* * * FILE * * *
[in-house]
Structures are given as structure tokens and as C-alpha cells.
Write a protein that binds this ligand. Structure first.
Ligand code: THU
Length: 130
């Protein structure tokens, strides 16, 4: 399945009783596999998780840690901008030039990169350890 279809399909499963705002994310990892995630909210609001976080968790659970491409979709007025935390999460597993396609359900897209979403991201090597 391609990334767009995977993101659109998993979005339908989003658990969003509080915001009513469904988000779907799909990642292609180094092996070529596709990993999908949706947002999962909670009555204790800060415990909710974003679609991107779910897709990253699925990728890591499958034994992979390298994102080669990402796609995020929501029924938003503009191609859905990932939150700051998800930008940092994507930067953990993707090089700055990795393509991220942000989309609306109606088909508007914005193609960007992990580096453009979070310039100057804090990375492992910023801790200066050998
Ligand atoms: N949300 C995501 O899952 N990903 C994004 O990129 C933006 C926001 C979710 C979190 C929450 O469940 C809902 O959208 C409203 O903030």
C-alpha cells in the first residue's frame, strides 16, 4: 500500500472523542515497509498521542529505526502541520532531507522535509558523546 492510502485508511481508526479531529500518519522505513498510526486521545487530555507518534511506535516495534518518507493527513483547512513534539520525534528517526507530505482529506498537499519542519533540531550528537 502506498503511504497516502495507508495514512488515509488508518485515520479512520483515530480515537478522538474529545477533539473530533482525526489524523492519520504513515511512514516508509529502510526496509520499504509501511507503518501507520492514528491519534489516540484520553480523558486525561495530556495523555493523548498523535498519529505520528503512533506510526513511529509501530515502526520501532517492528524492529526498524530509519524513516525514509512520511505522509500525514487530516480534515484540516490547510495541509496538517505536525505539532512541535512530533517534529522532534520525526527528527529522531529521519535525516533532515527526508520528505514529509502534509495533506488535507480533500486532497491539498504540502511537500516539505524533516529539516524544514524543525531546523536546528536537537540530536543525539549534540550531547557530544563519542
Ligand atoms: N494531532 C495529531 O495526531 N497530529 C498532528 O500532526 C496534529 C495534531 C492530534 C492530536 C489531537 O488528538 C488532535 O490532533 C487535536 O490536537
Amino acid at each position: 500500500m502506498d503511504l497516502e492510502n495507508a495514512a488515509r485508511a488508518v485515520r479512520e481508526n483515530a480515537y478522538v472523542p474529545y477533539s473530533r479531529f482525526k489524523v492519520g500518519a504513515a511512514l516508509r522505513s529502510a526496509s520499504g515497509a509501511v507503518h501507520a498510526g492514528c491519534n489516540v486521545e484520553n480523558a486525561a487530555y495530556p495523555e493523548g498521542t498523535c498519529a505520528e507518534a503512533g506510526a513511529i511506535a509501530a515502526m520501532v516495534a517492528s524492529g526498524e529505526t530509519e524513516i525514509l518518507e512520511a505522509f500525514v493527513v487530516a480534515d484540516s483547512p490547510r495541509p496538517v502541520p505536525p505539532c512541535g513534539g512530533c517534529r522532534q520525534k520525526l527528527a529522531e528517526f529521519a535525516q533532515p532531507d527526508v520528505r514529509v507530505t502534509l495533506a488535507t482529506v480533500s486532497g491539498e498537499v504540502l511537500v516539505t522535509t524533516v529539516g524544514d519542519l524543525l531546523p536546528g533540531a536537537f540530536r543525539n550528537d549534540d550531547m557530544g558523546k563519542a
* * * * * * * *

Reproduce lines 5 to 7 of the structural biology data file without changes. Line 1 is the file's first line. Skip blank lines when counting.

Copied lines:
Length: 130
């Protein structure tokens, strides 16, 4: 399945009783596999998780840690901008030039990169350890 279809399909499963705002994310990892995630909210609001976080968790659970491409979709007025935390999460597993396609359900897209979403991201090597 391609990334767009995977993101659109998993979005339908989003658990969003509080915001009513469904988000779907799909990642292609180094092996070529596709990993999908949706947002999962909670009555204790800060415990909710974003679609991107779910897709990253699925990728890591499958034994992979390298994102080669990402796609995020929501029924938003503009191609859905990932939150700051998800930008940092994507930067953990993707090089700055990795393509991220942000989309609306109606088909508007914005193609960007992990580096453009979070310039100057804090990375492992910023801790200066050998
Ligand atoms: N949300 C995501 O899952 N990903 C994004 O990129 C933006 C926001 C979710 C979190 C929450 O469940 C809902 O959208 C409203 O903030």